Mount Baldy (sand dune)

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Mount Baldy
Indiana dunes.jpg
View of the dune
Map showing the location of Mount Baldy
Map showing the location of Mount Baldy
Location of Mount Baldy in Indiana
Coordinates 41°42′32″N 86°55′41″W / 41.7089°N 86.9281°W / 41.7089; -86.9281Coordinates: 41°42′32″N 86°55′41″W / 41.7089°N 86.9281°W / 41.7089; -86.9281
Range 41°42'33"N 86°55'47"W
Elevation 126 feet (38 m)
Age Holocene

Mount Baldy is a sand dune located in the Indiana Dunes National Lakeshore. It is on the southern shore of Lake Michigan and is 126 feet tall. It is a wandering dune that moves or shifts every year, and is called a "living dune."

Mount Baldy is accessible from U.S. Route 12 (also known as Dunes Highway) between the town of Pines and the western border of Michigan City, Indiana. It is a tourist attraction locally and regionally, drawing weekend and summer visitors from Chicago. Prior to the dune's closure, on a clear day one could see Chicago's skyline from its top. North of Mount Baldy is a swimmable beach which is also part of the Indiana Dunes National Lakeshore.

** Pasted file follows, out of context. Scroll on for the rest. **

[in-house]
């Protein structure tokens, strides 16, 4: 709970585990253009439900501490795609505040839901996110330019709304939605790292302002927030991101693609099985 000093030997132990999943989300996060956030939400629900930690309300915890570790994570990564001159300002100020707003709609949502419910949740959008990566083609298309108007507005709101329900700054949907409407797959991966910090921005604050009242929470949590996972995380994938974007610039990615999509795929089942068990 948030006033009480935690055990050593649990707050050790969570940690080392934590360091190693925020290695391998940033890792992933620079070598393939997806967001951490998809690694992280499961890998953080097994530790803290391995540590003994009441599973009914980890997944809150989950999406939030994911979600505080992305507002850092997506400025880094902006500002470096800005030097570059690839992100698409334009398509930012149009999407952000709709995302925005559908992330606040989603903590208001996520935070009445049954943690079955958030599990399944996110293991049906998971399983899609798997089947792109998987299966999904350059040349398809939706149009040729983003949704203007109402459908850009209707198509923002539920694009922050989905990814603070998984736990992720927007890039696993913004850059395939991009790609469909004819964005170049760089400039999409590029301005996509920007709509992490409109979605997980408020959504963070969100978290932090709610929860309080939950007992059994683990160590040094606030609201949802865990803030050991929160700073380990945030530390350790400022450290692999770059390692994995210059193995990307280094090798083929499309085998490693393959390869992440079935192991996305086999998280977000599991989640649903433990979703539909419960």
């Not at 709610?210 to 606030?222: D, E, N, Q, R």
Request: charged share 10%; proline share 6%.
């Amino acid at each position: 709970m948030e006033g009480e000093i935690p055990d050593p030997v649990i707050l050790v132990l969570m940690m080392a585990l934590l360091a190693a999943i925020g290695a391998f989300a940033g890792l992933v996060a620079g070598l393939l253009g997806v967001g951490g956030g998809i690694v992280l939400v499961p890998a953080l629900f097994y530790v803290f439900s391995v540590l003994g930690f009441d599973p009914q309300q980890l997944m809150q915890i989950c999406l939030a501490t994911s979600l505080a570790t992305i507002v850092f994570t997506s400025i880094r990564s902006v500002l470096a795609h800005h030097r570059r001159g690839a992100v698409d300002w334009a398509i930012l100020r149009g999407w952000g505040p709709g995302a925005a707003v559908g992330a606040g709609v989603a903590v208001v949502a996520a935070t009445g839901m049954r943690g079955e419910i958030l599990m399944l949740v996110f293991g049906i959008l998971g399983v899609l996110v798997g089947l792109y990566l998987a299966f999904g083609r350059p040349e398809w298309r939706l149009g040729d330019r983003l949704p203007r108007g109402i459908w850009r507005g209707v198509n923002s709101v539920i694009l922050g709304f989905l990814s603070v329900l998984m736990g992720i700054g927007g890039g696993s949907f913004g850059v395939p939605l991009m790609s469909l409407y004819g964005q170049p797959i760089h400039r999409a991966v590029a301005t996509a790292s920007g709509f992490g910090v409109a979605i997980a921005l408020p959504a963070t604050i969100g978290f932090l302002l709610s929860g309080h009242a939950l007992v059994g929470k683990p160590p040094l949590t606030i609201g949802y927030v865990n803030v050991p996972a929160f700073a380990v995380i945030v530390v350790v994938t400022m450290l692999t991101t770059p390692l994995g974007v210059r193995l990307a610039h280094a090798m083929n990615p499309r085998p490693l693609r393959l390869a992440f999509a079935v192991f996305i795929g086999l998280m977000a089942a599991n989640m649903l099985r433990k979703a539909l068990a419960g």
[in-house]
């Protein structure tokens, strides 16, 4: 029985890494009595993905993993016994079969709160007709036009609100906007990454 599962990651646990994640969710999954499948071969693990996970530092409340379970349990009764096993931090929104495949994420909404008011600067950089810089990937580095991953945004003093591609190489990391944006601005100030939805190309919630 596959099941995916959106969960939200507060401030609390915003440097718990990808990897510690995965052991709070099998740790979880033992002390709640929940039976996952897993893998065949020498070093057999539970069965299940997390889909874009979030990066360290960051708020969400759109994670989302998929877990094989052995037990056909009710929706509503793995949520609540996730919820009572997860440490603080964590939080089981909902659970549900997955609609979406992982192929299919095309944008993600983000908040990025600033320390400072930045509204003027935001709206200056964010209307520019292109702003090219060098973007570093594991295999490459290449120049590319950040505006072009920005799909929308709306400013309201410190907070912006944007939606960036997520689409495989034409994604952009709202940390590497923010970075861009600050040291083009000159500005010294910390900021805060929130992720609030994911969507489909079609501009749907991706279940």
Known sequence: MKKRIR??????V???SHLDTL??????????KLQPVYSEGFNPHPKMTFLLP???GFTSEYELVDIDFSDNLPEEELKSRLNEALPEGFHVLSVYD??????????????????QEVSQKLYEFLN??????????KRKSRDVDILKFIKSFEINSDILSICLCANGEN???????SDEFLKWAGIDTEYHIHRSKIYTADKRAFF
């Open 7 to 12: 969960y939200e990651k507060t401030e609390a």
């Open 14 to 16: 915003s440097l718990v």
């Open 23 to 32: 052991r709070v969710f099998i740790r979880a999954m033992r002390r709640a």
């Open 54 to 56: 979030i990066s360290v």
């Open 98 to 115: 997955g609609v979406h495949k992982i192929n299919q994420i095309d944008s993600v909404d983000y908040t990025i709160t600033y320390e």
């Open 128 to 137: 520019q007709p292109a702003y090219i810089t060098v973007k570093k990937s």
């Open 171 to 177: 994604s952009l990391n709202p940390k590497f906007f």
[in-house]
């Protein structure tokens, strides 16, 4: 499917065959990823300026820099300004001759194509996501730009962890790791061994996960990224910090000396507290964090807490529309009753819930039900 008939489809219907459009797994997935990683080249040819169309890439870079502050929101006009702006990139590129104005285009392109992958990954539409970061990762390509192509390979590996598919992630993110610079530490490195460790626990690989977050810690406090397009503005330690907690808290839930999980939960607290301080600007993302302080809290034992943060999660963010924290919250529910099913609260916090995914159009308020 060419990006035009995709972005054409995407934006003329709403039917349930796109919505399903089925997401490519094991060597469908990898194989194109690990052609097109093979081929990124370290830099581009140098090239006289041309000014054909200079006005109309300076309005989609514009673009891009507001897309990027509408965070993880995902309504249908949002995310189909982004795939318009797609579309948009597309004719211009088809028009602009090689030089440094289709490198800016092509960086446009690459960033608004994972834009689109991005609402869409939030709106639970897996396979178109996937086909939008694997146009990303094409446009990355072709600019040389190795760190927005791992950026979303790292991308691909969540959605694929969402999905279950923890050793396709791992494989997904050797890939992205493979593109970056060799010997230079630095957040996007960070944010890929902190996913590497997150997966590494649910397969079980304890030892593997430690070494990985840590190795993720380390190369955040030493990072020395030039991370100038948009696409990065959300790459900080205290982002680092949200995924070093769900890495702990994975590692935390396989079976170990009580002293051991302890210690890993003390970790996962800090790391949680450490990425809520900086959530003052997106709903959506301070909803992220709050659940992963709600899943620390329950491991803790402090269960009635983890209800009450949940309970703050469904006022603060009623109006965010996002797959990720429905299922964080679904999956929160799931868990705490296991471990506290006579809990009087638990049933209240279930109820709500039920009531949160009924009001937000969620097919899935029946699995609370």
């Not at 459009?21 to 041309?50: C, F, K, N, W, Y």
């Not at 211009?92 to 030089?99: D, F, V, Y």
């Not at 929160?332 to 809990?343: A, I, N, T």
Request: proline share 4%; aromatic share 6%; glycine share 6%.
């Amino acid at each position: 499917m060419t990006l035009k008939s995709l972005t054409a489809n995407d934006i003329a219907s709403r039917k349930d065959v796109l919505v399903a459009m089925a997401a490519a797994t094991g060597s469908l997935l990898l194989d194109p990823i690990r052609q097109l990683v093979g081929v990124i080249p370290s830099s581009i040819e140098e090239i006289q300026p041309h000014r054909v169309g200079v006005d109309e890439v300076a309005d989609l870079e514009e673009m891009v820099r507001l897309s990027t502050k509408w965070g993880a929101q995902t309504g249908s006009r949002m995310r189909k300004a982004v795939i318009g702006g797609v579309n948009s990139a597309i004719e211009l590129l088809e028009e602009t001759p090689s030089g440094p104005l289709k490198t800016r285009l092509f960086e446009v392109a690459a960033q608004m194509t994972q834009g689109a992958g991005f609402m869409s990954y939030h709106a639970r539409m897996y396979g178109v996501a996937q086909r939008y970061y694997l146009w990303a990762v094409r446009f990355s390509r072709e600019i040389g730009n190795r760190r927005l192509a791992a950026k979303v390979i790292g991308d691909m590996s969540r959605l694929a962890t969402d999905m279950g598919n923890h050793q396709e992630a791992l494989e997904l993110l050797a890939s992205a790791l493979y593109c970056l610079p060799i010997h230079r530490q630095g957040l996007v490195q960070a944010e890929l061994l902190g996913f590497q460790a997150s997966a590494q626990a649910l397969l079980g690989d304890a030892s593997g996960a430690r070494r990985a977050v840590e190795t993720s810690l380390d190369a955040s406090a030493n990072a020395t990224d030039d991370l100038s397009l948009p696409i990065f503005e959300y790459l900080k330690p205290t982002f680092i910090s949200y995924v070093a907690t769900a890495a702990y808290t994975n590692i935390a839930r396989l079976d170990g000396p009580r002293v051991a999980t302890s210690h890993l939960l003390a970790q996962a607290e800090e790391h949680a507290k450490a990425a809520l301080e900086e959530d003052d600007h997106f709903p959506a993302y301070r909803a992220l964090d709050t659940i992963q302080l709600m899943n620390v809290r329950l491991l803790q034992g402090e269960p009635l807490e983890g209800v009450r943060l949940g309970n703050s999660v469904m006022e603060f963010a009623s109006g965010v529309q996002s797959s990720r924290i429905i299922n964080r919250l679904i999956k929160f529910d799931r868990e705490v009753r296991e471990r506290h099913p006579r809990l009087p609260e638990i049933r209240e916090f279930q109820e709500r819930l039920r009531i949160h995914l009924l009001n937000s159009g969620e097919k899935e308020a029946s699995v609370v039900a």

Due to its popularity with visitors, the marram grass which had stabilized the dune was largely destroyed, and the dune has begun advancing southwards, threatening to overrun its parking lot. Accordingly, the National Park Service has rerouted trails and planted grass in hopes of slowing the dune.


In 2013, unexpected sinkholes, later called anomalies, began appearing in the sand, one of which swallowed a small child. It took three hours for the boy to be rescued from the 11-foot (3.4 m) pit. The geological process that is producing the sinkhole anomalies is under study, but appears to be related to the burial and decomposition of fungus-ridden black oak trees.[1] In 2016, scientists concluded that such sinkholes or anomalies in the moving or living dune are caused by the burial of trees that eventually decay leaving a hollowed out shaft beneath unsteady ground, named a "dune decomposition chimney." The dune remains closed to visitors except with very limited ranger tours, until perhaps 2017.[2][3]